On Friday, June 6th, Adam and Alex attended a panel discussion featuring two Iraqi parliamentarians, Sheikh Khalaf Al-Ulayyan, founder of the National Dialogue Council, a nationalist Sunni Islamist political party, and Dr. Nadim Al-Jaberi, co-founder of the al-Fadhila Party, a nationalist Shiite political party. The lawmakers testified before congress earlier in the week. Their visit was arranged by the American Friends Service Committee http://www.afsc.org/, particularly through the work of their consultant, Raed Jarrar. The discussion touched on many issues, including reconciliation within Iraq, the role of the United States in the future of Iraq, oil resources, and the threats faced by Iran and al-qaeda. Here are some brief reports from Adam and Alex…
Adam Reports… It was unequivocally made clear that in their opinion America needs to leave Iraq. Dr. Al-Jaberi responded to the three main fears about what would happen as a result of an American withdrawal. Dr. Al-Jaberi believes, contrary to popular belief:
- Iraq will not crumble due to increased sectarian fighting – Such fighting did not exist before America arrived. Iraqis have coexisted peacefully across its sectarian divides since the country came into existence. He does not anticipate any increase of fighting after American withdrawal.
- Al-qaeda will not take over – there was no presence of al-qaeda before 2003. The only reason that they have grown and been able to recruit so many people is because they are rallying people around a call for liberation from the Americans. Once America leaves, there will be nothing to rally around.
- Iran will take not over – Iran has only been able to gain influence in Iraq under America’s presence.Iran’s main reason for meddling in Iraq’s affairs is that America poises a major threat by being so close to their borders.Iraq has defended itself from Iran throughout its history and is capable of doing so without an American presence.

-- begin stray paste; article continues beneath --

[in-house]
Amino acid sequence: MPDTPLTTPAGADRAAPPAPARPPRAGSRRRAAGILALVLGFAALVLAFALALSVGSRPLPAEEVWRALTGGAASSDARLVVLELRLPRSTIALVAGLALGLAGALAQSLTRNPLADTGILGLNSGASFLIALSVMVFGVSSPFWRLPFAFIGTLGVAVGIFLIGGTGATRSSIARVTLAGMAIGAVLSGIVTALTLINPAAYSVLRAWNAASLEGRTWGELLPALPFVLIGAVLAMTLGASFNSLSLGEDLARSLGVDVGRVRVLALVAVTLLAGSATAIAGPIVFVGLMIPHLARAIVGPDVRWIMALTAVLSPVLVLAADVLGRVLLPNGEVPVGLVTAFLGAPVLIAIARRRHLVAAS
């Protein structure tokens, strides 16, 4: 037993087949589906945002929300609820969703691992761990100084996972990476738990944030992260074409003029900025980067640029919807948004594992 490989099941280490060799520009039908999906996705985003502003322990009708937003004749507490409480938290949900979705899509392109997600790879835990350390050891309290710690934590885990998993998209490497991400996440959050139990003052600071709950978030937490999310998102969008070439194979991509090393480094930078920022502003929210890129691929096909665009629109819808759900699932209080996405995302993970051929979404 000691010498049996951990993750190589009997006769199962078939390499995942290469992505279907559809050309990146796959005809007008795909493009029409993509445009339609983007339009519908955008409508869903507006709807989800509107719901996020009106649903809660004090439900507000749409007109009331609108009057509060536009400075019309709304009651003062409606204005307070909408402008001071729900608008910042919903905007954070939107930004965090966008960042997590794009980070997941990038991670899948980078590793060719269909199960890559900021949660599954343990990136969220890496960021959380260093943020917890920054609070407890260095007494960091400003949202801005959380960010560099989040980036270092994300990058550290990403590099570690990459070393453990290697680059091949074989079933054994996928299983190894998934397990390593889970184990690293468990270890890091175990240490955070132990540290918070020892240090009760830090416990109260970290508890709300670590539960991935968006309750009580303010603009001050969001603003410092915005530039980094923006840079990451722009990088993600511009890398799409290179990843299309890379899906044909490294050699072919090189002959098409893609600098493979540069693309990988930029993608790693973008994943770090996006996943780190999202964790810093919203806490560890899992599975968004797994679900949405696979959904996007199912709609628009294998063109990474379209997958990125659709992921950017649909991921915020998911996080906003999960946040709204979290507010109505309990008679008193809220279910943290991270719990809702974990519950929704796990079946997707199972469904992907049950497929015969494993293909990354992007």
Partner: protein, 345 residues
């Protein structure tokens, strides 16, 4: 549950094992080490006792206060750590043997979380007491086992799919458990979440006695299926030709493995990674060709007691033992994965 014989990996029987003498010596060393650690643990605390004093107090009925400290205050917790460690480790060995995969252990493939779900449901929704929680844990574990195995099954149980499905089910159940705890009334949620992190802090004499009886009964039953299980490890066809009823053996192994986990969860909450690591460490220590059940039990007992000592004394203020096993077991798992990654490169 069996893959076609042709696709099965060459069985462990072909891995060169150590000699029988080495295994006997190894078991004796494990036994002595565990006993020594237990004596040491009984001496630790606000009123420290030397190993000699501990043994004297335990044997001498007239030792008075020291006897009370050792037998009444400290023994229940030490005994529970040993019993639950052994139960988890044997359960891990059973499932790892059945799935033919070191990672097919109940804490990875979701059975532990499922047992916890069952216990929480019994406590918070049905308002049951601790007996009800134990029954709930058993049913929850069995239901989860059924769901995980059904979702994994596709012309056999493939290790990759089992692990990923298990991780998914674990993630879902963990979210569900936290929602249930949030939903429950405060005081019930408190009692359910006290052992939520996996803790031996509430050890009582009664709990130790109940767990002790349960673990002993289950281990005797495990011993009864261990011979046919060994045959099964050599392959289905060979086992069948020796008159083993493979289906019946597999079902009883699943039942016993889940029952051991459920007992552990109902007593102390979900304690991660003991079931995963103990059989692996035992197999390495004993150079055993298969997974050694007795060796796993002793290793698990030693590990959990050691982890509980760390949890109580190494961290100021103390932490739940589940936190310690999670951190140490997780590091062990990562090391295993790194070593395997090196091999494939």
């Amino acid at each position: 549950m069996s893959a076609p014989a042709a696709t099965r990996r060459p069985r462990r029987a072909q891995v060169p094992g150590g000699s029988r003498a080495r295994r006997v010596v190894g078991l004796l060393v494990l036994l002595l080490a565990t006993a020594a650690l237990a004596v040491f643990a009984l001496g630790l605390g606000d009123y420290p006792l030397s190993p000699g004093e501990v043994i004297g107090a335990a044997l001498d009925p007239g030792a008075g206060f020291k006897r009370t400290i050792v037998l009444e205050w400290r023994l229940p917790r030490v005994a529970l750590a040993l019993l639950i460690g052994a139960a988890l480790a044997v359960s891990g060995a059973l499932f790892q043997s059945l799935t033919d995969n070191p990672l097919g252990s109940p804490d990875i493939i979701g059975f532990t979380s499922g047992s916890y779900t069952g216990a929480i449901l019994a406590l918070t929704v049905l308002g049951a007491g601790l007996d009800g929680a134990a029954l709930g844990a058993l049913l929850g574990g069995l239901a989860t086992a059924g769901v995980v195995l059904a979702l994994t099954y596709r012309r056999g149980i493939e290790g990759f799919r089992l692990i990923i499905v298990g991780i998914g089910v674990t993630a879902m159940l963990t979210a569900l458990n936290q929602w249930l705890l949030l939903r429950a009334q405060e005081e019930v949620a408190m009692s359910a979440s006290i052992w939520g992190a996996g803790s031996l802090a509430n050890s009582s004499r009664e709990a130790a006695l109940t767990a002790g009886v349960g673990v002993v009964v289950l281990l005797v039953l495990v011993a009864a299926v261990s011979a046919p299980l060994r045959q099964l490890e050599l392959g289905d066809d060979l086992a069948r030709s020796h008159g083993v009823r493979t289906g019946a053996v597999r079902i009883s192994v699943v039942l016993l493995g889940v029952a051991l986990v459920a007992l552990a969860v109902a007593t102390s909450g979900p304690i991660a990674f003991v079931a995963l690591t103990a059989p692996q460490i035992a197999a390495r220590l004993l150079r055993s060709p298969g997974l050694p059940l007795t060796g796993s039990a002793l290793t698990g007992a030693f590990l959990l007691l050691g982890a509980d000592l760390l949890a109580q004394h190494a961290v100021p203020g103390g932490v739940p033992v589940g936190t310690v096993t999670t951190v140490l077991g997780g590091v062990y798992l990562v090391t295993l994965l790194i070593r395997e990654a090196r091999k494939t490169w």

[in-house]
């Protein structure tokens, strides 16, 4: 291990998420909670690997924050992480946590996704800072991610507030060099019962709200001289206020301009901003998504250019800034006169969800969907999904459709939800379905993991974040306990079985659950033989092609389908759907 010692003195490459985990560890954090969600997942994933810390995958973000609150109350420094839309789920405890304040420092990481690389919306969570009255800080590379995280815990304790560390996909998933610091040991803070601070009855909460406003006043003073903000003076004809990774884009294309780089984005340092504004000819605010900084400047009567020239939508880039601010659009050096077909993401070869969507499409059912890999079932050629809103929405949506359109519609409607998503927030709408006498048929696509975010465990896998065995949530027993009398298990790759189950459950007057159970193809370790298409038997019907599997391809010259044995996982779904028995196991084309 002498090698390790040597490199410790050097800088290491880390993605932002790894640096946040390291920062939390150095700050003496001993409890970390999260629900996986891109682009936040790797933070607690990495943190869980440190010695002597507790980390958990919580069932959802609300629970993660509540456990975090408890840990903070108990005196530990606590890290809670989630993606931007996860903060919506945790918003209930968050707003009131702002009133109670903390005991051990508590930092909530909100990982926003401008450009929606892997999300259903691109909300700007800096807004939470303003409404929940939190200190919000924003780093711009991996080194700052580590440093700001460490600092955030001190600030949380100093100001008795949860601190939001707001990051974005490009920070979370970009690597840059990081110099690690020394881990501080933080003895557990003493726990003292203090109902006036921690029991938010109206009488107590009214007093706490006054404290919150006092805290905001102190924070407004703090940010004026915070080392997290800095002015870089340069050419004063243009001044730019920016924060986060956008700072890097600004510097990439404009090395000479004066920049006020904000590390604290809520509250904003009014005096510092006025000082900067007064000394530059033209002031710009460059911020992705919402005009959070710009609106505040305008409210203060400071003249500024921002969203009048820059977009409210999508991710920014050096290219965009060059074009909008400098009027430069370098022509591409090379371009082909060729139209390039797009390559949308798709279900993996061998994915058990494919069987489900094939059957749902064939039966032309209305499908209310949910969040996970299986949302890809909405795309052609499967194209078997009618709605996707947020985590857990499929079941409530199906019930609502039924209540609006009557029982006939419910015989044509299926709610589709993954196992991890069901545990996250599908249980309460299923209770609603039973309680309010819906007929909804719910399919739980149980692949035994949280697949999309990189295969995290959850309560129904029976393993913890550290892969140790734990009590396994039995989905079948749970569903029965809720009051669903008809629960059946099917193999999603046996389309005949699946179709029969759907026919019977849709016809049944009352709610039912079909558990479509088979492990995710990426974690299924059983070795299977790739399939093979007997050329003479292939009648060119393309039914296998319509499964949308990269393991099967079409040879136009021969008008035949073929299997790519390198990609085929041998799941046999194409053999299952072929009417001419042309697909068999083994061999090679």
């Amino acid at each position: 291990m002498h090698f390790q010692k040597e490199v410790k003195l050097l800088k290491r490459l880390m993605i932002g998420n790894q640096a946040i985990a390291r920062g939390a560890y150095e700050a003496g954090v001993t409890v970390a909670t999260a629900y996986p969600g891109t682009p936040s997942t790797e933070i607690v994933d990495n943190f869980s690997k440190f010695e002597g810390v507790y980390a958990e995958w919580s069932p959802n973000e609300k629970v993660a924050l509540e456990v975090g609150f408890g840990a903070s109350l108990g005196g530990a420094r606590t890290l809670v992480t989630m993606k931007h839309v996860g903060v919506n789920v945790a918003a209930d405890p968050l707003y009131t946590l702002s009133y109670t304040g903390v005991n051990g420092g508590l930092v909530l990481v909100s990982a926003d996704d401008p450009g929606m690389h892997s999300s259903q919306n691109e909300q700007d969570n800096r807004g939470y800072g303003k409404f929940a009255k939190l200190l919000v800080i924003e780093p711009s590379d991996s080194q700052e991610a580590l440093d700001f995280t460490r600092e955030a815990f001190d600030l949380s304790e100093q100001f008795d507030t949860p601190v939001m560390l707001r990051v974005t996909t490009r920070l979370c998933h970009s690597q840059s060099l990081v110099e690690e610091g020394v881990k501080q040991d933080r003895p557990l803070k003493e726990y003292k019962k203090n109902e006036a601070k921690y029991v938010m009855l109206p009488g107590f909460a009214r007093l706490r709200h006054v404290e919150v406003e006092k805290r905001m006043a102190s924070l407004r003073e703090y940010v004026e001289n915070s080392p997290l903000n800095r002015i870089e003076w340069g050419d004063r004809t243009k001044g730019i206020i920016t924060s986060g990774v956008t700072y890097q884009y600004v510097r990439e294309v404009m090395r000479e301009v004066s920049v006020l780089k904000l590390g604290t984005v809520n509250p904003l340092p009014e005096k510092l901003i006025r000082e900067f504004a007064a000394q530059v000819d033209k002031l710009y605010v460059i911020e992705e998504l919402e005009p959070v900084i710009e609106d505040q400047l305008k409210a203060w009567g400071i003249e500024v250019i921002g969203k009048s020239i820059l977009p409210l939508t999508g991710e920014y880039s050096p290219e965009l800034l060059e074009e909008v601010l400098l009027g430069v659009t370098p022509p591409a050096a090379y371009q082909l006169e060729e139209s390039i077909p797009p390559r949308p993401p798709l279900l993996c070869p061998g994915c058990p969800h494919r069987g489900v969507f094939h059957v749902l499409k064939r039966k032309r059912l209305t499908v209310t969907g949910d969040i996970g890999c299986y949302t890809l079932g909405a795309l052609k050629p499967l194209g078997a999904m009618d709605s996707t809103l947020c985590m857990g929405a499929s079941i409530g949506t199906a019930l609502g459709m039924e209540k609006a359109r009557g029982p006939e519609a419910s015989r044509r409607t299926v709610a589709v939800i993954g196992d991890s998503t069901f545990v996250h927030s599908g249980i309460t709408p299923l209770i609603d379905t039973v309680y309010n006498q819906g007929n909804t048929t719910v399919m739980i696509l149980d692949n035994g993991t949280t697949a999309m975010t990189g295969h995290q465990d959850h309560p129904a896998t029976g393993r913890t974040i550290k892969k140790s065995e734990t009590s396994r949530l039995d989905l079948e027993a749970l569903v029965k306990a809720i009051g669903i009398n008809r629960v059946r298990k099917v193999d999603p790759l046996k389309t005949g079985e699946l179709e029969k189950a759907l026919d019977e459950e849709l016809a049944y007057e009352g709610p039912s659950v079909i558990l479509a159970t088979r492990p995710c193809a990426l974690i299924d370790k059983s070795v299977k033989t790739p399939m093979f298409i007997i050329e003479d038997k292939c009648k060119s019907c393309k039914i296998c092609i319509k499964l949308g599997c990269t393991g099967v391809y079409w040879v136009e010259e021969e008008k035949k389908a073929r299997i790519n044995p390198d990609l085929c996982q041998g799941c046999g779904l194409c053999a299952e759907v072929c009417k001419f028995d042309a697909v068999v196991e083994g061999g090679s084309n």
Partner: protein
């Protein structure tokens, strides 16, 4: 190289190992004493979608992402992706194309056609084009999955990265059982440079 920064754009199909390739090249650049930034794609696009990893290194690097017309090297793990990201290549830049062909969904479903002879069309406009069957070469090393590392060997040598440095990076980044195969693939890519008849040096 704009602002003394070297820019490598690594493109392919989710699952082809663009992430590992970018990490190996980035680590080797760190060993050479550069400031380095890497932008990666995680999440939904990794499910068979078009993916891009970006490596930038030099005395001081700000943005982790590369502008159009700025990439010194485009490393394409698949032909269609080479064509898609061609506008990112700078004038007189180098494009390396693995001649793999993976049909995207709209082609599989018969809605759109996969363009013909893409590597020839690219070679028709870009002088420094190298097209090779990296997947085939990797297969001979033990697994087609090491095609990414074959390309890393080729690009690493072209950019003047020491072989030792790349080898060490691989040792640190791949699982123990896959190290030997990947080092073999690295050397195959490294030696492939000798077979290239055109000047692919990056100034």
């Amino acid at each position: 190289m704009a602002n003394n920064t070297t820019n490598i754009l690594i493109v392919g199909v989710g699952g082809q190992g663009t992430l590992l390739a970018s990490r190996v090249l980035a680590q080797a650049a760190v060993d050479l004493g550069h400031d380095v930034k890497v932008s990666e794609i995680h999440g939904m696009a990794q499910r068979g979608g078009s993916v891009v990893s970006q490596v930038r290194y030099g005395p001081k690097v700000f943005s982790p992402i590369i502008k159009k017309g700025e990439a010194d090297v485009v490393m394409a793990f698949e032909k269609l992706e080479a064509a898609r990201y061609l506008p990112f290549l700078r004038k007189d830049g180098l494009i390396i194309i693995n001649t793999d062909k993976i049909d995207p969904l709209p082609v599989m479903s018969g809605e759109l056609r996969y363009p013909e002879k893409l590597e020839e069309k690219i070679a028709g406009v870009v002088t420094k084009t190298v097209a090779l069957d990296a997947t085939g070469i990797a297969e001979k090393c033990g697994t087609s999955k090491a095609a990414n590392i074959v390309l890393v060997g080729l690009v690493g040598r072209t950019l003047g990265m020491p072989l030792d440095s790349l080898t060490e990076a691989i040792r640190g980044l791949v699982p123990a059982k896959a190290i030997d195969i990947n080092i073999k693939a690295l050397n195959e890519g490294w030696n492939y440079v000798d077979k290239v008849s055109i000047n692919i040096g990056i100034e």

The lawmakers were also strongly against the proposed Security Agreement by the Bush Administration. Sheikh Al-Ulayyan said that such an agreement would push Iraq from being occupied by America to being part of America. He asserted that it would give the U.S. the rights to use its military bases in Iraq to carry out military missions to any part of the world and that it would give the U.S. the right to arrest any Iraqi without permission of the Government. He thought that it was completely unfair to the Iraqi people.
When asked about the upcoming elections and which of the candidates’ policies they preferred, Dr. Al-Jaberi responded that Iraqis do not rely on a change of faces in Washington to determine their future, they rely on themselves.
Alex reports…the members of Parliament were also adamant that the US State Dept. and Pentagon should give the Iraqi government full self-determination. Especially in the realm of the Reconciliation process, the lawmakers were frustrated by how many times the US had overturned or blocked laws created by Parliament.
Dr. Al-Jaberi told us the US Government blocked a resolution that would grant amnesty to organizations that took up arms against occupying Coalition forces. He believes bringing those groups to the table would be crucial to the Reconciliation process—much like they did in Northern Ireland in the 1990’s. However, the Pentagon is not eager about granting amnesty to these groups.
Sheik Al-Ulyyan was very certain that the reconciliation process could not be successful with a large presence of U.S. and Coalition forces. He said the occupation forces:
- ignore or create problems in order to justify their presence;
- protect many parties;
- refuse to protect other groups as a way of political punishment.
While he did not explain his point of view, it is very interesting to see how Coalition troops are perceived by Iraqi parliamentarians.
Initially, the AFSC had planned to bring many different voices to the table to hear how different political parties are working for the Reconciliation process. Unfortunately, many were unable to attend. I am sure this would have made the conversation much different. However, it was an extremely fascinating conversation and I am glad I was able to attend.
Comments are closed.